I once heard Bob Chapman of Barry-Wehmiller say that when the time comes to write our obituaries few will care how profitable we were or how much money we made. The central theme will be how we used the opportunities our careers have given us to have an impact on people. The wisdom of Bob's remarks seem evident in the world's attempts to write Steve Job's eulogy.
Comparisons of Jobs to the likes of Thomas Edison and Henry Ford would be laughable if they weren't made with such sincerity – and thus indicative of appalling ignorance. Putting buds in the ears of America's young folks, making a better cell phone – although not as good as an Android according to market share data – or cross breeding phones and laptops to create pads pale in comparison to the likes of light bulbs and automobiles. They changed the entire world, and did so in a manner that had a deep, positive impact on the fundamentals of people's daily lives.
The valid comparison is one between Steve Jobs and Jack Welch. Jobs was, in fact, the embodiment of Welch's driving principle that the only measure that really matters is shareholder value – all other stakeholders be damned – the polar opposite of Bob Chapman's tenet. Fox News' David Asman writes, "From design, to sales, to customer support, Apple's business model was as close to perfection as any company could ever get." I sincerely doubt that many people who actually participated in that model would agree.
90% of Apple's employees could care less about his passing. I am not talking about the 35,000 or so in the US, but the hundreds of thousands of Chinese workers who make Apple products. (Although given Jobs' reputation for dominance and micro-management I suspect there are a few in the US who echo Harold Washington's observation of Mayor Daly's passing, "I'm not glad he's dead, but I'm glad he's gone".) In order to avoid showing employees the basic respect of a decent wage and a safe work environment, Jobs determined that shareholder value was enhanced by arranging to have them work for a Taiwanese outfit that specializes in avoiding respect for humanity on a grand scale.
The fact that the people who make Jobs' products cannot, in their wildest dreams, hope to own one puts him in stark contrast with Edison and Ford. The notion that Apple's philanthropy is its product is ludicrous to the people making them. The folks who make Apple products might just as well make parts for the space station for all the product mean to them. The products are no more attainable to them than a stint in the space station, and if Apple were to go under they will switch over to making something else equally irrelevant to their lives, with equally little affinity for their customer's CEO.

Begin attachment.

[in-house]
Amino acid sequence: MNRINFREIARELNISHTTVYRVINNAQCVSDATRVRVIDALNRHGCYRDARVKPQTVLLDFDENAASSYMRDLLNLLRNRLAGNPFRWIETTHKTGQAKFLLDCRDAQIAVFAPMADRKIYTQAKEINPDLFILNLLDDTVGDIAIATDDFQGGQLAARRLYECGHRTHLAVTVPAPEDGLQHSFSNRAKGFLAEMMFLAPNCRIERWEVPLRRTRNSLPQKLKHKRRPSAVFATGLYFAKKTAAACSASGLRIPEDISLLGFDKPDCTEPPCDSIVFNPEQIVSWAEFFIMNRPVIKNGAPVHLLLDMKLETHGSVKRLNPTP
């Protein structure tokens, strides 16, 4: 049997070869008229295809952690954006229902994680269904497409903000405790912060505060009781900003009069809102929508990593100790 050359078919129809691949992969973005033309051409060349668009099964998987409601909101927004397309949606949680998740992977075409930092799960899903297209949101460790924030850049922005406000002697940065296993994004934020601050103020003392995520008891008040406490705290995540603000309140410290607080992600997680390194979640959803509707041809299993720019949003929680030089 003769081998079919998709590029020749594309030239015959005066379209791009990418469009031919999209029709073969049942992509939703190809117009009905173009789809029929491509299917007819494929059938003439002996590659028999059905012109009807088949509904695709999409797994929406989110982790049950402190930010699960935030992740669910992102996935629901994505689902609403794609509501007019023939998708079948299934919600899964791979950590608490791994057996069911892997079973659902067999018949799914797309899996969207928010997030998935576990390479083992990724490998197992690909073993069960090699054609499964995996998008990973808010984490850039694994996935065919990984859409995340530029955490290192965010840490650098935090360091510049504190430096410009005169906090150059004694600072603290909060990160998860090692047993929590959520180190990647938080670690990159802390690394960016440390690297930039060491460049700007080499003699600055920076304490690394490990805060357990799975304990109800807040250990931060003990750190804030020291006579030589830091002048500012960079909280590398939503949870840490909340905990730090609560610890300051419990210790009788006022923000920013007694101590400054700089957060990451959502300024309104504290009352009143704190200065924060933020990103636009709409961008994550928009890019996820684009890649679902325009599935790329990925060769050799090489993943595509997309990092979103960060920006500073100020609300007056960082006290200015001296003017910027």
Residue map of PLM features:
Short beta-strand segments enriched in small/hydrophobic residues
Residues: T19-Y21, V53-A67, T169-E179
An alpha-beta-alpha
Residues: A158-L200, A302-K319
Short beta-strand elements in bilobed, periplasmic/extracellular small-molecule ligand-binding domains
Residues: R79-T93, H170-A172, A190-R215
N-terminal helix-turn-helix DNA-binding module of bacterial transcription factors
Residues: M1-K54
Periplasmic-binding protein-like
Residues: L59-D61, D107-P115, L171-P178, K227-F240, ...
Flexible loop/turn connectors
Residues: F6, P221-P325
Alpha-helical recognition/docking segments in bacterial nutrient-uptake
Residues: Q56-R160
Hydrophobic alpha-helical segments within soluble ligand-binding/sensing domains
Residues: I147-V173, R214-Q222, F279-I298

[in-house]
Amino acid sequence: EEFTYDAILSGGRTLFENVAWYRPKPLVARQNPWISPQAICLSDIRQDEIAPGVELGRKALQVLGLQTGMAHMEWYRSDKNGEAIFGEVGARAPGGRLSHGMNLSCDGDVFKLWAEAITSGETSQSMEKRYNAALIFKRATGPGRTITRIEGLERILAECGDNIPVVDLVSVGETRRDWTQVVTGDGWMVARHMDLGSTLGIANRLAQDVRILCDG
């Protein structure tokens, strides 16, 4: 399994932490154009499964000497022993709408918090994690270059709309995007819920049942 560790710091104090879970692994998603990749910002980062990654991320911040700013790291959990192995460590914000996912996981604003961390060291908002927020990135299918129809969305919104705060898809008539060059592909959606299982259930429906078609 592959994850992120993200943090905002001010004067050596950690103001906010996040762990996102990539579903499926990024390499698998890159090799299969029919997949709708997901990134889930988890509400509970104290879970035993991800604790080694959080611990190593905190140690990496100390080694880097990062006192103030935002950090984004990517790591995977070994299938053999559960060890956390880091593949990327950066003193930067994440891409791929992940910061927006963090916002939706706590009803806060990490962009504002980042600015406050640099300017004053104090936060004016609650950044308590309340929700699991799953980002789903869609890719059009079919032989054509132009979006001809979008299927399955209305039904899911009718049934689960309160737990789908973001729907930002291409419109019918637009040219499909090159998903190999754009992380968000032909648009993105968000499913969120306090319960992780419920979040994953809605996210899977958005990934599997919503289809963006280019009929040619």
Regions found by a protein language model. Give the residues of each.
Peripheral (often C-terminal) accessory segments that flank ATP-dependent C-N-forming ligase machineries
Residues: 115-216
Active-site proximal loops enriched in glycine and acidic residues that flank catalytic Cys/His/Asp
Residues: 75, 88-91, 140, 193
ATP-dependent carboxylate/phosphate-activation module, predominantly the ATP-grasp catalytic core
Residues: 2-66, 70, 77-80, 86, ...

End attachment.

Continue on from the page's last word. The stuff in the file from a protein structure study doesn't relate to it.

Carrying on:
Apple's biggest supplier – Samsung – has been torn between their need to keep their biggest customer in place and their need to protect their intellectual property. In other words, they know they should sue Apple to put a stop to Apple's abuses, but are afraid of the consequences of winning that battle, but losing a war.
While Apple has a hard core of devoted customers, most who buy their products are unhappy with their relentless philosophy of forcing customers into the Apple product line to the exclusion of all others. Their deliberate lack of compatibility with the rest of the electronic world is perceived by most as a necessary evil – a blatant attempt to manipulate the customer and squeeze all they can from him - but one many tolerate in order to take advantage of Apple's admirable product features. Hardly indicative of a focus on customer value.
Imagine Henry Ford opening up a string of gas stations with a patented fuel, then making sure all his cars – and only his cars – would run on that fuel, and charging premium prices for it … or Thomas Edison making light bulbs – but they would only screw into lamps and light fixtures made to his own patent – so if you wanted light you had to buy high priced lamps only from him.
As mentioned, Apple and Jobs are notorious for their lack of philanthropy. As many have correctly pointed out, they pay their taxes and have no obligation to anyone beyond that. In this era of globalization they are legally free to set up shop in the communities with the lowest level of societal contribution required. They are well within their legal rights to avoid compliance with American environmental standards by having their products made in the environmental cesspool of China.
When the Pope wrote, "Business management cannot concern itself only with the interests of the proprietors, but must also assume responsibility for all the other stakeholders who contribute to the life of the business: the workers, the clients, the suppliers of various elements of production, the community of reference," it is quite clear that Steve Jobs would have none of it, as was his right. In his scheme of things, the shareholders reigned supreme and he lived his life in a manner that rejected Bob Chapman's philosophy lock, stock and barrel.
So let it be said, Steve Jobs made a good cell phone and maximized shareholder value. As eulogies go, it is pretty thin, but it's about all there is. Wall Street will miss him.